Retired CBS correspondent Eric Engberg, who was working with O’Reilly in Buenos Aires after the Falklands War in 1982, said the outspoken Fox News host has led the public to believe the scene was more dangerous than it actually was.
“It wasn’t a combat situation by any sense of the word that I know,” Engberg, who worked for CBS for 26 years, told CNN’s Brian Stelter. He said O’Reilly “is trying to build it up into a more frightening and deadly situation than it was.”
“There were no people killed. [O’Reilly] said that he saw troops fire into the crowd. I never saw that, and I don't know anybody who did. And I was there on the scene."
— LOLGOP (@LOLGOP) February 23, 2015
O’Reilly started to draw criticism last week after a report from left-leaning magazine Mother Jones questioned his accounts of his time spent stationed in Buenos Aires, which is about 1,200 miles away from what was the actual conflict zone
The report, titled “Bill O'Reilly Has His Own Brian Williams Problem,” features quotes from other former CBS correspondents who also contradict O’Reilly’s accounts of his reporting.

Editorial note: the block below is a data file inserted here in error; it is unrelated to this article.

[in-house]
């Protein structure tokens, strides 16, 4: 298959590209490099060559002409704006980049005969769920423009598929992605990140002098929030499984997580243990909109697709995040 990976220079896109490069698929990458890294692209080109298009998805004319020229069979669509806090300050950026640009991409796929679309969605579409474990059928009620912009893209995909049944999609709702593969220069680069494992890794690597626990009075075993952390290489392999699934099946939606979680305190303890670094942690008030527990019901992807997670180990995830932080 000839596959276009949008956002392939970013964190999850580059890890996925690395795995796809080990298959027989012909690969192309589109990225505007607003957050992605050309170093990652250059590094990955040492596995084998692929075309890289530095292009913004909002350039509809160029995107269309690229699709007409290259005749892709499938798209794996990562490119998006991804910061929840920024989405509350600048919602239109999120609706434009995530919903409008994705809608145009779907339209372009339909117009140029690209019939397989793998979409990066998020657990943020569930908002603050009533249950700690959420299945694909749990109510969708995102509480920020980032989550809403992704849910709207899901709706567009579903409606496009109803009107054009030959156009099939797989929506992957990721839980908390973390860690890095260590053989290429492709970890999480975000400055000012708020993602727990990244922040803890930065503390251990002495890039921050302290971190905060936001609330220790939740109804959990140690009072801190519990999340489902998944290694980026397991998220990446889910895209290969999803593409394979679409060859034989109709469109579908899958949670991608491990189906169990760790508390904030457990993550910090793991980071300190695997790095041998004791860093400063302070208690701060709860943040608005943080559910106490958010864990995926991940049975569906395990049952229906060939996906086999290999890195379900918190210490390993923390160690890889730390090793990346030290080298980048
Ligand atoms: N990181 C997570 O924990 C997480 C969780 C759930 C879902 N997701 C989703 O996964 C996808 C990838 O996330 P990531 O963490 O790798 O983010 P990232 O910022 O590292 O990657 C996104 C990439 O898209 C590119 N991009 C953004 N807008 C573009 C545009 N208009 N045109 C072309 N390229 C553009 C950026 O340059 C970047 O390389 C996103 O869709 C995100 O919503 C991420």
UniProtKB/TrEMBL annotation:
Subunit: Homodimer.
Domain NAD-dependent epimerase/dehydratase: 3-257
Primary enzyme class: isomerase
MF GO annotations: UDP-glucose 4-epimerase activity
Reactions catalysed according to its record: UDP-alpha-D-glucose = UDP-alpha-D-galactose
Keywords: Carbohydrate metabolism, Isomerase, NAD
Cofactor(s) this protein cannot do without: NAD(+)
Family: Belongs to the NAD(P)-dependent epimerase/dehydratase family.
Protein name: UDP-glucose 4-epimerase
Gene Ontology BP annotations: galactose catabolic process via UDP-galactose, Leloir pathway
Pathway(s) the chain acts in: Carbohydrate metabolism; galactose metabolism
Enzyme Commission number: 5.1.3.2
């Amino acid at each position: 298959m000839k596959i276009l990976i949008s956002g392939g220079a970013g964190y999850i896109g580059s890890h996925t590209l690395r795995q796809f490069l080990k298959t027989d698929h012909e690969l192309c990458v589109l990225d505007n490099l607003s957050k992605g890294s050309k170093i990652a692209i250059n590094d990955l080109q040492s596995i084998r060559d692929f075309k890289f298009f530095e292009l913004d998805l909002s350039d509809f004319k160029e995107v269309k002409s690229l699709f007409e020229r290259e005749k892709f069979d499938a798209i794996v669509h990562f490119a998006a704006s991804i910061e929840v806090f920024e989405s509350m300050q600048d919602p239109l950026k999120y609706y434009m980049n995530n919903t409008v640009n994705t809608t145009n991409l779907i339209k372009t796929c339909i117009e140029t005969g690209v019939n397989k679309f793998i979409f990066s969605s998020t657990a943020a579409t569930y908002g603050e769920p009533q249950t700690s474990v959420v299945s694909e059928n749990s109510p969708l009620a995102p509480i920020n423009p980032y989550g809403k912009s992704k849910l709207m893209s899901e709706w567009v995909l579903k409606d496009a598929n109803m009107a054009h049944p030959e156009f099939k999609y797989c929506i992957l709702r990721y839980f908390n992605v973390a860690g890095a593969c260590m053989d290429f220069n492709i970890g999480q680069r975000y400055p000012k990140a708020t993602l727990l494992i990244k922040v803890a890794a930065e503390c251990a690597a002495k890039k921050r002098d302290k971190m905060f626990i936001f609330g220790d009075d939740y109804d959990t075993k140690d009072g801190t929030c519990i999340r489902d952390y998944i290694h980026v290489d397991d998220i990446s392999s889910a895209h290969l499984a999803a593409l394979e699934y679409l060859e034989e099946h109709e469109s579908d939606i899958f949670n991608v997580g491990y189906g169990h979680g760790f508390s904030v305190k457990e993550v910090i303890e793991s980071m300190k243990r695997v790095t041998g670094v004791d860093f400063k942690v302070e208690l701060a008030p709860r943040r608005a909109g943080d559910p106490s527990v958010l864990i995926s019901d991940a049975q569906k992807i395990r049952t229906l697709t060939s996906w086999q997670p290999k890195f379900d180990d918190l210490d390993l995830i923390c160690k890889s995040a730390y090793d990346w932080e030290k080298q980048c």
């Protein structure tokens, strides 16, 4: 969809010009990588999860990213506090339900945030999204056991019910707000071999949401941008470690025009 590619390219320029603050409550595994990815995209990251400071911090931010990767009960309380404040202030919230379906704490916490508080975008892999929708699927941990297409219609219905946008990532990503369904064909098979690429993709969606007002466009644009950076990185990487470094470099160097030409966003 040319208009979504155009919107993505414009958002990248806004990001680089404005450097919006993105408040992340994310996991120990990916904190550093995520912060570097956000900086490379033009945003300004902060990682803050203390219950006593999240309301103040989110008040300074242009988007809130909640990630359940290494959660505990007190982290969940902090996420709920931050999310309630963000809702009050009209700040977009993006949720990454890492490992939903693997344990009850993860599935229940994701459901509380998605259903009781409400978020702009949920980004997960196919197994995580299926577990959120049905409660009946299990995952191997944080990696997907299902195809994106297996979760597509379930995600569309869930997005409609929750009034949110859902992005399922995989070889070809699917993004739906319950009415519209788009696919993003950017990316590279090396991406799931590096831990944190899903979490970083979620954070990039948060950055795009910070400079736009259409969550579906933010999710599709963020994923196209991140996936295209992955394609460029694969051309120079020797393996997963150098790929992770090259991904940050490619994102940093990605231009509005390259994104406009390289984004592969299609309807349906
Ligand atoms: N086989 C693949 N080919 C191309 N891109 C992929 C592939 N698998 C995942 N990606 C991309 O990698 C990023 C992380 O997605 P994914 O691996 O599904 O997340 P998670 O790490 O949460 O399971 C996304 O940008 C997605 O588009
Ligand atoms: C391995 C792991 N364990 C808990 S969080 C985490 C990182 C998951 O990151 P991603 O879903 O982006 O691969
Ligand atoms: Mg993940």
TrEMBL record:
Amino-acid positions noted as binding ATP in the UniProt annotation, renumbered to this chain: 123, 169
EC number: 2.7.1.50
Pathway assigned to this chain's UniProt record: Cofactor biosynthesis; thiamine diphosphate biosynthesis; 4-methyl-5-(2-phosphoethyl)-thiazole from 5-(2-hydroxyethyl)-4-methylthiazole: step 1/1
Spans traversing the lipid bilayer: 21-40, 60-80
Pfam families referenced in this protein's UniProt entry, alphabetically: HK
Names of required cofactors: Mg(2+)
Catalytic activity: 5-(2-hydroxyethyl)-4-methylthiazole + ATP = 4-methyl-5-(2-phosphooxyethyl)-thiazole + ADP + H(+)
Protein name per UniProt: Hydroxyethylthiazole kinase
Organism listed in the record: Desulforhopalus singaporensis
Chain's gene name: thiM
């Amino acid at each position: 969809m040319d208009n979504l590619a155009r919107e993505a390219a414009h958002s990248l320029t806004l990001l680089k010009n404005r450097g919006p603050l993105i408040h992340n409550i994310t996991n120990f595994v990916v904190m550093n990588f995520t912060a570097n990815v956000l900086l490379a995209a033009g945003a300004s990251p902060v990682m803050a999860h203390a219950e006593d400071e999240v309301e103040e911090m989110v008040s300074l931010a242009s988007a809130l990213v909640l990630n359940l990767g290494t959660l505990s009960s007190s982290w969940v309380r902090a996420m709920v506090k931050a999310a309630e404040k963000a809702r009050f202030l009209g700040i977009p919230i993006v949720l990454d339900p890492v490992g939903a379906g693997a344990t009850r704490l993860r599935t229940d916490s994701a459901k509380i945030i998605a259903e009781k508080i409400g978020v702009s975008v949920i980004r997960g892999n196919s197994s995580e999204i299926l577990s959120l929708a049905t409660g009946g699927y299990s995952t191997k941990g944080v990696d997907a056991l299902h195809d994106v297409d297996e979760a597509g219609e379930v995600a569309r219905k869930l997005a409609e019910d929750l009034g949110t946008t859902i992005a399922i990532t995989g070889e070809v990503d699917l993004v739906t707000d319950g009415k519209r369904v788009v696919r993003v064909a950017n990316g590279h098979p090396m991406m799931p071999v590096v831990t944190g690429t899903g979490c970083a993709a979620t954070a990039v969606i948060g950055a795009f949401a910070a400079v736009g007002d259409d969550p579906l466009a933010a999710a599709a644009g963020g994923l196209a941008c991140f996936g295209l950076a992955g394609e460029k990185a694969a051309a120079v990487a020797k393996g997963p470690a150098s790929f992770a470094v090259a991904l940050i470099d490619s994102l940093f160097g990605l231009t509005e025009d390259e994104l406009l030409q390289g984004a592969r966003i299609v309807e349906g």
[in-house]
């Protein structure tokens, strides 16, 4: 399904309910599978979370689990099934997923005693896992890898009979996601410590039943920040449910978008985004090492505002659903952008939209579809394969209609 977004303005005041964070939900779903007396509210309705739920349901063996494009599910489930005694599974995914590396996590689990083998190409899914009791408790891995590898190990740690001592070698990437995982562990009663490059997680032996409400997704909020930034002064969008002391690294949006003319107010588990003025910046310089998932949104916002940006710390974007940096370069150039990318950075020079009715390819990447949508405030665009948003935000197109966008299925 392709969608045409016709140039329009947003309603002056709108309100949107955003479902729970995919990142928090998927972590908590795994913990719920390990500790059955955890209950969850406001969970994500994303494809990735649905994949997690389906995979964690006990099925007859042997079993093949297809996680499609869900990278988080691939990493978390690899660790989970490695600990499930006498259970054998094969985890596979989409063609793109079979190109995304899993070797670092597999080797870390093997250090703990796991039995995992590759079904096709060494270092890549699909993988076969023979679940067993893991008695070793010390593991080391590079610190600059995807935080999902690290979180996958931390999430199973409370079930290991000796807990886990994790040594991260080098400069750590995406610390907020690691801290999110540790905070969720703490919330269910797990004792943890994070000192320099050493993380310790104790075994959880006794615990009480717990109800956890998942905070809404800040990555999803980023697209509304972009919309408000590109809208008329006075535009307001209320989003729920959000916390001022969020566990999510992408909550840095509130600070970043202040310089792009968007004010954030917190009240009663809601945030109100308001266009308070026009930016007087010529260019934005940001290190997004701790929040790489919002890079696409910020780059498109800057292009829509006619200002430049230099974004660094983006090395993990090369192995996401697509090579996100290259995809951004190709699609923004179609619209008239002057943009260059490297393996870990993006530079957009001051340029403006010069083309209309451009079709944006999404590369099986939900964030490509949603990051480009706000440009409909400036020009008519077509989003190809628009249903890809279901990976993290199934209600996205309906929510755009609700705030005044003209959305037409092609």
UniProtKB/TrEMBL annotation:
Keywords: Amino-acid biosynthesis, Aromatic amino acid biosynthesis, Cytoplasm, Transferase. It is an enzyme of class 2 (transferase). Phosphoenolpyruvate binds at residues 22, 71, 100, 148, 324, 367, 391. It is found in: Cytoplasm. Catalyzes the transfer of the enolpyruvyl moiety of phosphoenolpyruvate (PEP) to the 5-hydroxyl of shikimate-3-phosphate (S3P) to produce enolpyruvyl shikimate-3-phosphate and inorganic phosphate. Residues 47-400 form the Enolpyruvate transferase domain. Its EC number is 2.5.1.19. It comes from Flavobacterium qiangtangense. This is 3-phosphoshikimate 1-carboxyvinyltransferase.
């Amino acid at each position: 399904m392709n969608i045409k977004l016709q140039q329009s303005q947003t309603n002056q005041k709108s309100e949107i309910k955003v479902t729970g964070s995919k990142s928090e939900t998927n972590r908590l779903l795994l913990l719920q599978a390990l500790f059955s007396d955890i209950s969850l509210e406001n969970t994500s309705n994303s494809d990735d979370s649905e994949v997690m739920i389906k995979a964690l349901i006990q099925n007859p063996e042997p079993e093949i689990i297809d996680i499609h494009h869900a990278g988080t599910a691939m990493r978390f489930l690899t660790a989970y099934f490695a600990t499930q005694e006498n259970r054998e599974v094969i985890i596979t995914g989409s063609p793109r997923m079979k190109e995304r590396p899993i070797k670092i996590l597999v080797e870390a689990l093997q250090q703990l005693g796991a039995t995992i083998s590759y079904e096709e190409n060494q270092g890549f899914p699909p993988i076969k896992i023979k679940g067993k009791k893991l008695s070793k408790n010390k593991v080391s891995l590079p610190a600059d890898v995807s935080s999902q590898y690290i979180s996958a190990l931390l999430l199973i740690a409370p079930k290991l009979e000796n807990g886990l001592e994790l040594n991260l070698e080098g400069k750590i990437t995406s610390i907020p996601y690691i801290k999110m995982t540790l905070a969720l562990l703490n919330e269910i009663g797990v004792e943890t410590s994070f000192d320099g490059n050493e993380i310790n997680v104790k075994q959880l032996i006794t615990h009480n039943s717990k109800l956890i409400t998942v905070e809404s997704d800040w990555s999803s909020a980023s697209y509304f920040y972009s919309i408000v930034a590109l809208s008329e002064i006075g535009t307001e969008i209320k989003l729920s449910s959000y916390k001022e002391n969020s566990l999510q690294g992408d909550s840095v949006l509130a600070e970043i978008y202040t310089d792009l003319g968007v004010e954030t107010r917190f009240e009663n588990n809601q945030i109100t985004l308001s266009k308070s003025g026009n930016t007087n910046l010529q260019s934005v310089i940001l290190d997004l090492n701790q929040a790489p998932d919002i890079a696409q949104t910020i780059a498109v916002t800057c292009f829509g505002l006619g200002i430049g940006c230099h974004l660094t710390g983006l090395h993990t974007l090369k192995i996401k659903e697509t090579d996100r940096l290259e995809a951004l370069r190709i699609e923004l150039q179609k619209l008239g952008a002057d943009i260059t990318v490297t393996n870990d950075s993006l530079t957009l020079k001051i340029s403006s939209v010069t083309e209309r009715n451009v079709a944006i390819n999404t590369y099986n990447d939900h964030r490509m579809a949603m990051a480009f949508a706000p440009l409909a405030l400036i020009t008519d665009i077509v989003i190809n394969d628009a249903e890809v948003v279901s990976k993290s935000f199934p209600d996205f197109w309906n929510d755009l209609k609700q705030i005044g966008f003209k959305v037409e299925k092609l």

— Barracks O'Bama (@P0TUS) February 23, 2015
“Nobody got to the war zone during the Falklands war,” CBS News producer Susan Zirinsky told the magazine, adding that the military junta in Argentina prevented American reporters from getting to the islands.
After the Argentines surrendered to the British, riots broke out in Buenos Aires, where O’Reilly said “soldiers and military police [were] firing into the crowd” – a claim that Engberg, his former colleague, disputes.
"I saw more violence in [Vietnam] anti-war demonstrations in DC than I saw in Argentina that night,” Engberg said. “It was over quickly, it was over within two hours…. It was really a fairly minor incident."
O’Reilly has called the criticism an unbelievable smear campaign, and accused his former colleagues of hiding in the hotel while he reported from dangerous areas, which they refute.
“What he just said is a fabrication – a lie,” Engberg said.
Fox News released a statement saying the network is in "full support" of O'Reilly.
— The Daily Edge (@TheDailyEdge) February 23, 2015
NBC suspended news anchor Brian Williams for six months without pay this month after he was found to have embellished a story about being on a helicopter that was shot down in Iraq in 2003.
O'Reilly criticized Williams for exaggerating and said that "reporting the news comes with a big responsibility." He also said the scandal should lead the public to question other news “distortions.”